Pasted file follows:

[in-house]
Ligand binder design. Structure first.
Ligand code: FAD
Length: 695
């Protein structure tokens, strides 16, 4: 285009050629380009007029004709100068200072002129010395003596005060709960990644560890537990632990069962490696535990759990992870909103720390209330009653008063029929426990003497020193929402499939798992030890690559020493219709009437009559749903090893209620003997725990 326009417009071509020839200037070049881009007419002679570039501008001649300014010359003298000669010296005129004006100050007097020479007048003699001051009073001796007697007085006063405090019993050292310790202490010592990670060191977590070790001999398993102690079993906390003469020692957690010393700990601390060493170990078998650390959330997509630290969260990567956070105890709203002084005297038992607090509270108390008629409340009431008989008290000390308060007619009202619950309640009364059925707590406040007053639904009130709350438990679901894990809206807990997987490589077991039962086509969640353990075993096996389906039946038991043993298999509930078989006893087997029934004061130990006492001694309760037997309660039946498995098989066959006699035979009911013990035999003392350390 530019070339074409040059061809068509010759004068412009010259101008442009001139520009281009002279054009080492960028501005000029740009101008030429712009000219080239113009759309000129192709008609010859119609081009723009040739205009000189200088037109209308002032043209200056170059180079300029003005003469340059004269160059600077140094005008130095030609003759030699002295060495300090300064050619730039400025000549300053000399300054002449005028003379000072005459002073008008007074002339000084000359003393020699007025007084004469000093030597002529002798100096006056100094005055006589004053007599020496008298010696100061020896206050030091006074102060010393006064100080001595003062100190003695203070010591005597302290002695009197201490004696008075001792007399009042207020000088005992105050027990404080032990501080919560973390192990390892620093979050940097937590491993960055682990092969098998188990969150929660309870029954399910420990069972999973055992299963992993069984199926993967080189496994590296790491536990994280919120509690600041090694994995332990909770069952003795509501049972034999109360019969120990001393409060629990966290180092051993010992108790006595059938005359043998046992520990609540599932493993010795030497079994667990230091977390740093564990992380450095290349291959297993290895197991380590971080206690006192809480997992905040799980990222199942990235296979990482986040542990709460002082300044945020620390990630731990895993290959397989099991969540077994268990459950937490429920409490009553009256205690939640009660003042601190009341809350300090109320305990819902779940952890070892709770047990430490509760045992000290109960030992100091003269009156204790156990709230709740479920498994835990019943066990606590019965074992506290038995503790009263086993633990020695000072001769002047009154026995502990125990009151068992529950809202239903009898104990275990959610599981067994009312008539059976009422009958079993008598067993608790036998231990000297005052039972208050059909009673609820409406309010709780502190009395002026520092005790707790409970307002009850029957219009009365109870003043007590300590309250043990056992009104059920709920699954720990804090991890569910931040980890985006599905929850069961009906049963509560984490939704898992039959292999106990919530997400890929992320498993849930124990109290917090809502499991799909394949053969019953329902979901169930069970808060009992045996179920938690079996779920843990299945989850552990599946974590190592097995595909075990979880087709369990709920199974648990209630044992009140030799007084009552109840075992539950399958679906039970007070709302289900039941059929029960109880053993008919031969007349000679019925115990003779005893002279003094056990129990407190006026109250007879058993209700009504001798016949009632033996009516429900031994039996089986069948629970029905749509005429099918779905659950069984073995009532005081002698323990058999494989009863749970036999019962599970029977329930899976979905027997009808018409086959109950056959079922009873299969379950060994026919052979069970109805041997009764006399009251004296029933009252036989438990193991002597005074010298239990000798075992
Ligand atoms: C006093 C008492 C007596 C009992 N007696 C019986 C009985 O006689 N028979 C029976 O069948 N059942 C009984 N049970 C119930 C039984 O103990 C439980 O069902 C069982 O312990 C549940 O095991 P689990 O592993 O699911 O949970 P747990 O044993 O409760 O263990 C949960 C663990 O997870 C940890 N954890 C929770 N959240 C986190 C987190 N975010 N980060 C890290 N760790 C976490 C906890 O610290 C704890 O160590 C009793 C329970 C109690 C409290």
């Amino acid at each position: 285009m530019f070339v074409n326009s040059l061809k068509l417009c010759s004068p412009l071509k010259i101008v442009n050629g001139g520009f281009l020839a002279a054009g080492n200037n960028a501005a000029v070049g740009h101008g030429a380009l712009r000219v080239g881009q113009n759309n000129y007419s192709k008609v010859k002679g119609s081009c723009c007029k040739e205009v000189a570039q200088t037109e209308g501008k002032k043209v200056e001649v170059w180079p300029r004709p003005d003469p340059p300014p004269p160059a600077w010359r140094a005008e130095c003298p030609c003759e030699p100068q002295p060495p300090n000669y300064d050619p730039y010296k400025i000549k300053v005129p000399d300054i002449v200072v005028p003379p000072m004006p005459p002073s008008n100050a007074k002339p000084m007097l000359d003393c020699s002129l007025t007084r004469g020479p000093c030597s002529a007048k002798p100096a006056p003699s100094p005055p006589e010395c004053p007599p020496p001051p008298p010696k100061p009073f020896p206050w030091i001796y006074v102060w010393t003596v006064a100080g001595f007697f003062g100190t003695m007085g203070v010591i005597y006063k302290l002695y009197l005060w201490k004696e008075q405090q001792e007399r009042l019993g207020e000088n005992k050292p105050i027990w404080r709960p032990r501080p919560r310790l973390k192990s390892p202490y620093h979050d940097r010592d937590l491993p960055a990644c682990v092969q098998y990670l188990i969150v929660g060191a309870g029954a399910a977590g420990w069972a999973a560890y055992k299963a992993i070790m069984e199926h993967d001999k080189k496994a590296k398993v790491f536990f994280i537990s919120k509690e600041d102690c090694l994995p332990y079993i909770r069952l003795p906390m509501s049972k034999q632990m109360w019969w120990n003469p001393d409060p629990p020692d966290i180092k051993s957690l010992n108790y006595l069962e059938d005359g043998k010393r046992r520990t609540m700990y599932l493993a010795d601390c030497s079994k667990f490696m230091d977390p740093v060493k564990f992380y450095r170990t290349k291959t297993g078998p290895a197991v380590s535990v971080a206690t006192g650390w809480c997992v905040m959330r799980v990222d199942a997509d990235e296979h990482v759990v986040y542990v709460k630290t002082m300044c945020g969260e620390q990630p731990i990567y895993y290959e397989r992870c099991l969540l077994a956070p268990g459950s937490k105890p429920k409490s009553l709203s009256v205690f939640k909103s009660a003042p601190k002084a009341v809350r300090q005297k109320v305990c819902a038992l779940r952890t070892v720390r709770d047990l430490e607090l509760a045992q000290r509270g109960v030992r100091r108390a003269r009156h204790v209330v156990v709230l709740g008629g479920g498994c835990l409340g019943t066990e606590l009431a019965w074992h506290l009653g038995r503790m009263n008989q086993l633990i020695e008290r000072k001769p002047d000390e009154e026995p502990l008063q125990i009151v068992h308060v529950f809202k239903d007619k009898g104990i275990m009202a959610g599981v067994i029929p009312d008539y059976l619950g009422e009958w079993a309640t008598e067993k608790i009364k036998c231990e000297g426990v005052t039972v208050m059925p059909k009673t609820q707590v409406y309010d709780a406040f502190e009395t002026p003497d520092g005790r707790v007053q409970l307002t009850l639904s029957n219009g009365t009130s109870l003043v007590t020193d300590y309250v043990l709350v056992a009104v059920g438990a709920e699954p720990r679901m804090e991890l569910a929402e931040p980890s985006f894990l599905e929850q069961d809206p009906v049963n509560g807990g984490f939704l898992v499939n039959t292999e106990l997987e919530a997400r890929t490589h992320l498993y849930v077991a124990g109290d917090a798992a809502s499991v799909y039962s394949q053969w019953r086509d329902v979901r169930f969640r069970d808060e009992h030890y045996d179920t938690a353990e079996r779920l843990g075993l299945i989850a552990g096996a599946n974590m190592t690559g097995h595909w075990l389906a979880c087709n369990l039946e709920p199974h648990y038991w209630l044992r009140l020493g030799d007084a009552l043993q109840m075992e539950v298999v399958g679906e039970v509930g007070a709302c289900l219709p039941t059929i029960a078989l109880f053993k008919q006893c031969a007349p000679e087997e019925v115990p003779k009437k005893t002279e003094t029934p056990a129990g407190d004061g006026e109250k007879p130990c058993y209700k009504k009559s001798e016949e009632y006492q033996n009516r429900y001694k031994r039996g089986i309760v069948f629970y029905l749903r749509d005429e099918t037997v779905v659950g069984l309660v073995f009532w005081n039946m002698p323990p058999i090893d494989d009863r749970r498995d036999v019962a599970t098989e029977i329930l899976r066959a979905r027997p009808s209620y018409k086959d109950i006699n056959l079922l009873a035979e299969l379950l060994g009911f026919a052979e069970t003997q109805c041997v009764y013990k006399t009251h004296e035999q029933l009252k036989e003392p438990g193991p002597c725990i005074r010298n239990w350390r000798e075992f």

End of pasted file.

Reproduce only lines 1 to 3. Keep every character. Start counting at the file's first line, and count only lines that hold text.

[in-house]
Ligand binder design. Structure first.
Ligand code: FAD